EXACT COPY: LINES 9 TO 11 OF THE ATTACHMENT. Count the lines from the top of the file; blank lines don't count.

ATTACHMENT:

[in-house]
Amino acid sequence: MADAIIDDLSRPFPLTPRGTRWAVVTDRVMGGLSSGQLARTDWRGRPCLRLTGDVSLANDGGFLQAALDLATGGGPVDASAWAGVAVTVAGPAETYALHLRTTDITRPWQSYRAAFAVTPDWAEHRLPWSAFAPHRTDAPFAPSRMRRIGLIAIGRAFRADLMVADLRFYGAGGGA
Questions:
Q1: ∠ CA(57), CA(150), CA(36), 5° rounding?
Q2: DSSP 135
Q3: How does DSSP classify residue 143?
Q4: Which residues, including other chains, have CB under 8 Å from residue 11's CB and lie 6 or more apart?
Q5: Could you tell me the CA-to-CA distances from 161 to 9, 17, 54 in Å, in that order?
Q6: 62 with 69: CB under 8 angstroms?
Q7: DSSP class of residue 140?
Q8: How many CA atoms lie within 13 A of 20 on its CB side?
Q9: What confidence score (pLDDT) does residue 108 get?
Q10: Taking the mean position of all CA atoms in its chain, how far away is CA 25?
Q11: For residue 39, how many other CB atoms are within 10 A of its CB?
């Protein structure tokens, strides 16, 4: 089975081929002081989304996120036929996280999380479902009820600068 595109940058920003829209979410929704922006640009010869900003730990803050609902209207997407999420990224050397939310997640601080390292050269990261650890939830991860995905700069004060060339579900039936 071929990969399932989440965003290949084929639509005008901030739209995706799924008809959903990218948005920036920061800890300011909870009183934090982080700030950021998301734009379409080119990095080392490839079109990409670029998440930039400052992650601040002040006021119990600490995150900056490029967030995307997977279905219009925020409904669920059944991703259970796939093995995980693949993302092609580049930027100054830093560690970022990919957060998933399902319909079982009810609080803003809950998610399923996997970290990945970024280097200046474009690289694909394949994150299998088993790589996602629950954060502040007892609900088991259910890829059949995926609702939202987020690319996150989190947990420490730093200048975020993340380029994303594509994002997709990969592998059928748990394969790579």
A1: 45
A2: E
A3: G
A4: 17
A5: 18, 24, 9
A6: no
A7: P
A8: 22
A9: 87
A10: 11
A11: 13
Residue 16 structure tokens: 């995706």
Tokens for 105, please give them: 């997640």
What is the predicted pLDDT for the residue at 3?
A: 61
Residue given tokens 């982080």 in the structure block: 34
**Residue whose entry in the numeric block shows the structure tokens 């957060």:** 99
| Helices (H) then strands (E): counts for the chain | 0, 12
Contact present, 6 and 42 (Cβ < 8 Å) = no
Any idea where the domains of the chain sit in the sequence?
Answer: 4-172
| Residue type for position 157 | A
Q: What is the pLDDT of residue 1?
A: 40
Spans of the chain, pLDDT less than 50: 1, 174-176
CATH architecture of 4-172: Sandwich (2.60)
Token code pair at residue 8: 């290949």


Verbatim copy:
Q6: 62 with 69: CB under 8 angstroms?
Q7: DSSP class of residue 140?
Q8: How many CA atoms lie within 13 A of 20 on its CB side?